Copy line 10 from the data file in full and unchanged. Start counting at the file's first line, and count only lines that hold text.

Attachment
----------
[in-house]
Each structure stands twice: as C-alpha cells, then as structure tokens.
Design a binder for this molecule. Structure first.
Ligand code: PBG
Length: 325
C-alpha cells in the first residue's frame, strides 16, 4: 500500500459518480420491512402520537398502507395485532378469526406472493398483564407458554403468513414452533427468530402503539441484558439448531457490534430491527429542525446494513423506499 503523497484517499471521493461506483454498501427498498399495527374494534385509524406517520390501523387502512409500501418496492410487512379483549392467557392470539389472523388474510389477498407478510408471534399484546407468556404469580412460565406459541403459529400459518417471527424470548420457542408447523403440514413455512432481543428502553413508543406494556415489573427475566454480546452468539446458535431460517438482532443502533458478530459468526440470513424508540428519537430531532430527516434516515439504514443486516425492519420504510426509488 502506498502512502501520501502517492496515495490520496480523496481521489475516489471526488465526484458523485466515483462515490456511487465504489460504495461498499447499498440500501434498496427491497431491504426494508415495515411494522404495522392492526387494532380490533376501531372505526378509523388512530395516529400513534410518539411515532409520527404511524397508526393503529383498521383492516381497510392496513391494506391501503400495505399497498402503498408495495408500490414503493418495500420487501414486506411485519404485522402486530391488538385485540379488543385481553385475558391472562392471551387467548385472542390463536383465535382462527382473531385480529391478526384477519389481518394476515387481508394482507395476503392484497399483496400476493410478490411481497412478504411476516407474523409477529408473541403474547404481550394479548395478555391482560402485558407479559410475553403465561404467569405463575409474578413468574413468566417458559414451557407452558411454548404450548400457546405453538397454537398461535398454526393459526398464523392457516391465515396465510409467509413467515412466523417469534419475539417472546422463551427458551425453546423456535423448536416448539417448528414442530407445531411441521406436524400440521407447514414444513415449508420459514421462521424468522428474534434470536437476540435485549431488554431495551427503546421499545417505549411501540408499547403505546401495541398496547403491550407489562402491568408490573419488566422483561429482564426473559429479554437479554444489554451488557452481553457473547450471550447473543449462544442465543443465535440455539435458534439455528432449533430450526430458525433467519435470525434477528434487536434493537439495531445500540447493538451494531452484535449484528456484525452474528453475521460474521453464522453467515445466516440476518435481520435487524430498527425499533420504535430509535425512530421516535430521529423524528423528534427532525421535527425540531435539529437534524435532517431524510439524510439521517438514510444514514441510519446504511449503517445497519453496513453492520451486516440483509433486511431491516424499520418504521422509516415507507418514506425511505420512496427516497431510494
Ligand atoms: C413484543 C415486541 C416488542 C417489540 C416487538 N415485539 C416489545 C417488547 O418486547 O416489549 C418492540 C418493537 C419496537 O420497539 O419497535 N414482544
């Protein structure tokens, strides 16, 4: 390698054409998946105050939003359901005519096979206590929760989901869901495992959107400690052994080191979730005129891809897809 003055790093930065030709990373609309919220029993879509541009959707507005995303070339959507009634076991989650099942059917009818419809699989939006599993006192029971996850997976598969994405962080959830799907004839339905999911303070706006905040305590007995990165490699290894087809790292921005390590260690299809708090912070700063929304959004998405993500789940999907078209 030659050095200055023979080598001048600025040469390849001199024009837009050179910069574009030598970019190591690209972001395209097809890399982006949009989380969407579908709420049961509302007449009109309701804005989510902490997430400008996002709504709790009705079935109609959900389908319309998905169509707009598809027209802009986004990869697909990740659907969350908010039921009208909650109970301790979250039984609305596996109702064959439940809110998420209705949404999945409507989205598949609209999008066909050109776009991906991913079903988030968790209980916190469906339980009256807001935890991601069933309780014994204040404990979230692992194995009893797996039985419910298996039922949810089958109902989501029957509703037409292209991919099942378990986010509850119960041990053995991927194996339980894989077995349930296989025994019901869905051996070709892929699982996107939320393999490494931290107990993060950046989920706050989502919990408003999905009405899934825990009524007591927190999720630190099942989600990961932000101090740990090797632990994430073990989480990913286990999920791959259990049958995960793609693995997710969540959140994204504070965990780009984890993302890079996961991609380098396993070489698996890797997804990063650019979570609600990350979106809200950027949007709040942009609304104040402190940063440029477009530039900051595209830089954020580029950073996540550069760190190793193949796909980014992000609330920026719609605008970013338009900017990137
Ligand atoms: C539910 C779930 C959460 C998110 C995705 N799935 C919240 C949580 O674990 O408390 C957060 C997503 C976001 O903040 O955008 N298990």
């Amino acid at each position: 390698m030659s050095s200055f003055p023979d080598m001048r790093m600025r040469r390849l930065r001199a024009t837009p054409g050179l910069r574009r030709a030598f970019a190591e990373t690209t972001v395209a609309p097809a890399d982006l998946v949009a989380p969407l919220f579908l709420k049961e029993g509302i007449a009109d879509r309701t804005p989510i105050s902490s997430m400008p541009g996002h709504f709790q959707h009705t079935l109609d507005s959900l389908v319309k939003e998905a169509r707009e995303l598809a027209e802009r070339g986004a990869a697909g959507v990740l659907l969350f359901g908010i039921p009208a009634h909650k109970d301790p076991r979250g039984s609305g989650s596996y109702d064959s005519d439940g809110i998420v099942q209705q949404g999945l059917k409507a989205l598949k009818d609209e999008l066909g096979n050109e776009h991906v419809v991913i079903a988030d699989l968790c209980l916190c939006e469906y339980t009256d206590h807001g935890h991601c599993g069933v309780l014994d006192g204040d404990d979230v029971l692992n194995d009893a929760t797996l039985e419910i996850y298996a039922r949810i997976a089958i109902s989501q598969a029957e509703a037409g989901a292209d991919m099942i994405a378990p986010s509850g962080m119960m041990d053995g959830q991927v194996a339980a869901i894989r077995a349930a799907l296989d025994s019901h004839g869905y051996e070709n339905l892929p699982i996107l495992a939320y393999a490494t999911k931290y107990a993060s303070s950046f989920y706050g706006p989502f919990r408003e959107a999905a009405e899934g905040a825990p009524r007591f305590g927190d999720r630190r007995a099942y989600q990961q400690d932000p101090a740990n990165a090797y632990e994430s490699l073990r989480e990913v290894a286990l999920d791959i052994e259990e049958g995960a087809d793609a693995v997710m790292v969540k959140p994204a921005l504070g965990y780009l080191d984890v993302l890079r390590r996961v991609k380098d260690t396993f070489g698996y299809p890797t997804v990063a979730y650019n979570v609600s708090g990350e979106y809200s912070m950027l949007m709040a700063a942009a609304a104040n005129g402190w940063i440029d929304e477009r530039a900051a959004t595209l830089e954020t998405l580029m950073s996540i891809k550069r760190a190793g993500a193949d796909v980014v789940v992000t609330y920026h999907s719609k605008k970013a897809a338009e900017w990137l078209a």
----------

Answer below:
């Amino acid at each position: 390698m030659s050095s200055f003055p023979d080598m001048r790093m600025r040469r390849l930065r001199a024009t837009p054409g050179l910069r574009r030709a030598f970019a190591e990373t690209t972001v395209a609309p097809a890399d982006l998946v949009a989380p969407l919220f579908l709420k049961e029993g509302i007449a009109d879509r309701t804005p989510i105050s902490s997430m400008p541009g996002h709504f709790q959707h009705t079935l109609d507005s959900l389908v319309k939003e998905a169509r707009e995303l598809a027209e802009r070339g986004a990869a697909g959507v990740l659907l969350f359901g908010i039921p009208a009634h909650k109970d301790p076991r979250g039984s609305g989650s596996y109702d064959s005519d439940g809110i998420v099942q209705q949404g999945l059917k409507a989205l598949k009818d609209e999008l066909g096979n050109e776009h991906v419809v991913i079903a988030d699989l968790c209980l916190c939006e469906y339980t009256d206590h807001g935890h991601c599993g069933v309780l014994d006192g204040d404990d979230v029971l692992n194995d009893a929760t797996l039985e419910i996850y298996a039922r949810i997976a089958i109902s989501q598969a029957e509703a037409g989901a292209d991919m099942i994405a378990p986010s509850g962080m119960m041990d053995g959830q991927v194996a339980a869901i894989r077995a349930a799907l296989d025994s019901h004839g869905y051996e070709n339905l892929p699982i996107l495992a939320y393999a490494t999911k931290y107990a993060s303070s950046f989920y706050g706006p989502f919990r408003e959107a999905a009405e899934g905040a825990p009524r007591f305590g927190d999720r630190r007995a099942y989600q990961q400690d932000p101090a740990n990165a090797y632990e994430s490699l073990r989480e990913v290894a286990l999920d791959i052994e259990e049958g995960a087809d793609a693995v997710m790292v969540k959140p994204a921005l504070g965990y780009l080191d984890v993302l890079r390590r996961v991609k380098d260690t396993f070489g698996y299809p890797t997804v990063a979730y650019n979570v609600s708090g990350e979106y809200s912070m950027l949007m709040a700063a942009a609304a104040n005129g402190w940063i440029d929304e477009r530039a900051a959004t595209l830089e954020t998405l580029m950073s996540i891809k550069r760190a190793g993500a193949d796909v980014v789940v992000t609330y920026h999907s719609k605008k970013a897809a338009e900017w990137l078209a």